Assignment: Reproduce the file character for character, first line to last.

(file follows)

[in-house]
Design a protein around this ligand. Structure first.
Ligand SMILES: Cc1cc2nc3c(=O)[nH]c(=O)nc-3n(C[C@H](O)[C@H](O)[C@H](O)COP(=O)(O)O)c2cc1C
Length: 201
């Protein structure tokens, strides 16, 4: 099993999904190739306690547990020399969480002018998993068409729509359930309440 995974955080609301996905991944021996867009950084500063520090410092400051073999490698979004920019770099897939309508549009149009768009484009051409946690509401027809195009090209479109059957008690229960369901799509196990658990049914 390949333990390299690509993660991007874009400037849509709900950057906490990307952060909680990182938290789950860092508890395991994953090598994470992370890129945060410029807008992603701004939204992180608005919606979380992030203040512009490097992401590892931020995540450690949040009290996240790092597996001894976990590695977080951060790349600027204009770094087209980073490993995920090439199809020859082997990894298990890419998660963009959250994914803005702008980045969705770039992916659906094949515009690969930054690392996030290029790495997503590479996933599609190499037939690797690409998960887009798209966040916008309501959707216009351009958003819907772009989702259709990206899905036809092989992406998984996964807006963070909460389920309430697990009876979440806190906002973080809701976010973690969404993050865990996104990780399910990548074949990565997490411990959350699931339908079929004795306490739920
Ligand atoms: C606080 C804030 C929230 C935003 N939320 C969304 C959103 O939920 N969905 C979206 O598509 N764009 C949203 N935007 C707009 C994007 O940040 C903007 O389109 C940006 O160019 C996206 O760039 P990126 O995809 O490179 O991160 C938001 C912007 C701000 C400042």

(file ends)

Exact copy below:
[in-house]
Design a protein around this ligand. Structure first.
Ligand SMILES: Cc1cc2nc3c(=O)[nH]c(=O)nc-3n(C[C@H](O)[C@H](O)[C@H](O)COP(=O)(O)O)c2cc1C
Length: 201
């Protein structure tokens, strides 16, 4: 099993999904190739306690547990020399969480002018998993068409729509359930309440 995974955080609301996905991944021996867009950084500063520090410092400051073999490698979004920019770099897939309508549009149009768009484009051409946690509401027809195009090209479109059957008690229960369901799509196990658990049914 390949333990390299690509993660991007874009400037849509709900950057906490990307952060909680990182938290789950860092508890395991994953090598994470992370890129945060410029807008992603701004939204992180608005919606979380992030203040512009490097992401590892931020995540450690949040009290996240790092597996001894976990590695977080951060790349600027204009770094087209980073490993995920090439199809020859082997990894298990890419998660963009959250994914803005702008980045969705770039992916659906094949515009690969930054690392996030290029790495997503590479996933599609190499037939690797690409998960887009798209966040916008309501959707216009351009958003819907772009989702259709990206899905036809092989992406998984996964807006963070909460389920309430697990009876979440806190906002973080809701976010973690969404993050865990996104990780399910990548074949990565997490411990959350699931339908079929004795306490739920
Ligand atoms: C606080 C804030 C929230 C935003 N939320 C969304 C959103 O939920 N969905 C979206 O598509 N764009 C949203 N935007 C707009 C994007 O940040 C903007 O389109 C940006 O160019 C996206 O760039 P990126 O995809 O490179 O991160 C938001 C912007 C701000 C400042």